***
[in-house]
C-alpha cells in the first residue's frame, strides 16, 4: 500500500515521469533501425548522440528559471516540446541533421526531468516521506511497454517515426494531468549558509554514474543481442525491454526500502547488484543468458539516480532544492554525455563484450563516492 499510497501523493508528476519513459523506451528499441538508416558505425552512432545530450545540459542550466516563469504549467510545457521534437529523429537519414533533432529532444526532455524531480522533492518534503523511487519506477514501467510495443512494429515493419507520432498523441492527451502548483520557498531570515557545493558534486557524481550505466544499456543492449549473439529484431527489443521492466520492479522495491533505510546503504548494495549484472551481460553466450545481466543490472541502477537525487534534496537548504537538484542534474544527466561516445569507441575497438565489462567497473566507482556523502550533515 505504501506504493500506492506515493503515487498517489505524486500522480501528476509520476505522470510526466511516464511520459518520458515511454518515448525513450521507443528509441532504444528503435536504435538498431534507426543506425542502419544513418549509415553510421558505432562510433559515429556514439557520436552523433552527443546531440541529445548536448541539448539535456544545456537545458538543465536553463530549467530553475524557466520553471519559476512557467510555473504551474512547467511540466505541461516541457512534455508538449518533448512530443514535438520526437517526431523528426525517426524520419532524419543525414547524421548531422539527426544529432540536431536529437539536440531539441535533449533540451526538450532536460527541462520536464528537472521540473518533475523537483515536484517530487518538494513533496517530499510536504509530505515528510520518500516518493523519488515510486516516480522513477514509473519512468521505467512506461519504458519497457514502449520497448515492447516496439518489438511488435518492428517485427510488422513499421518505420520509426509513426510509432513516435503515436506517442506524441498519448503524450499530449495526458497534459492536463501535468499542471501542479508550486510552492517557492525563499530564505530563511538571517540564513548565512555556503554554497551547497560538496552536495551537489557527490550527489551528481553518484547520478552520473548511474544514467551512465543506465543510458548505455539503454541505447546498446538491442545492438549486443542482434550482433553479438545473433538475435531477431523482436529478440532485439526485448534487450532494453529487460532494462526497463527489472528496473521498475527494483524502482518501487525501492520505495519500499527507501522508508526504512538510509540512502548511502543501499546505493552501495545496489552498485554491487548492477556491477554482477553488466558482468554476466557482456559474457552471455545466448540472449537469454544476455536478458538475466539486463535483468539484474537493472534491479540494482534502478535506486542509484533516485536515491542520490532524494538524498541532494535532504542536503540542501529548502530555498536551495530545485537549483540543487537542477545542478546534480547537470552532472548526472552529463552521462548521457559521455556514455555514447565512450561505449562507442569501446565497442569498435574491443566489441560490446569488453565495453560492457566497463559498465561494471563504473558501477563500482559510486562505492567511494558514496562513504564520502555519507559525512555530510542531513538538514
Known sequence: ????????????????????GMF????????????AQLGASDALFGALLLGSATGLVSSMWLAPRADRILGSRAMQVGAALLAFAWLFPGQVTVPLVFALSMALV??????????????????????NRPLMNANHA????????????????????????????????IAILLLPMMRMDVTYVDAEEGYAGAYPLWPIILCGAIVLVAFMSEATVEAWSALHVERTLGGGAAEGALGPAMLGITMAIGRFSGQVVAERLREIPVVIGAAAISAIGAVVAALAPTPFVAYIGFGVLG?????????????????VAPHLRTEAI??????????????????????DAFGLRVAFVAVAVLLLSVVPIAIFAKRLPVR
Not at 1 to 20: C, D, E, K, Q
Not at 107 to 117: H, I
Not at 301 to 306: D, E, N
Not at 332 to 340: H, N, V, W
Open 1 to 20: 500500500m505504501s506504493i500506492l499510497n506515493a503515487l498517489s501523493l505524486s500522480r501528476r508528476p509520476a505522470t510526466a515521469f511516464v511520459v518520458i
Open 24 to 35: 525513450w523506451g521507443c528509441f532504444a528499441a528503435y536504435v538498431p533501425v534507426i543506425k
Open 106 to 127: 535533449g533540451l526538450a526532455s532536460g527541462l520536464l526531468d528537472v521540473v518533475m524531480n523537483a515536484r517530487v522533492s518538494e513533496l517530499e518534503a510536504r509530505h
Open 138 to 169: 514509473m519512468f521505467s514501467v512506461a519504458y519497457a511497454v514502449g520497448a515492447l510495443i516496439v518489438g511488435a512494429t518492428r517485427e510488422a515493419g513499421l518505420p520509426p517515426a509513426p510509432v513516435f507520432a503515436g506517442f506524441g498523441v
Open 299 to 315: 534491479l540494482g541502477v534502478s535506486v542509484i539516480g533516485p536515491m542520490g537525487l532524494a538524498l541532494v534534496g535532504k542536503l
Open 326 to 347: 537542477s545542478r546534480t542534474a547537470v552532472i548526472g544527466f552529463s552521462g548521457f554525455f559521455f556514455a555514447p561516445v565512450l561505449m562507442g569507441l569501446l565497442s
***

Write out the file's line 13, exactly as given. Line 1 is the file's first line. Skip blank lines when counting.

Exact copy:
Open 326 to 347: 537542477s545542478r546534480t542534474a547537470v552532472i548526472g544527466f552529463s552521462g548521457f554525455f559521455f556514455a555514447p561516445v565512450l561505449m562507442g569507441l569501446l565497442s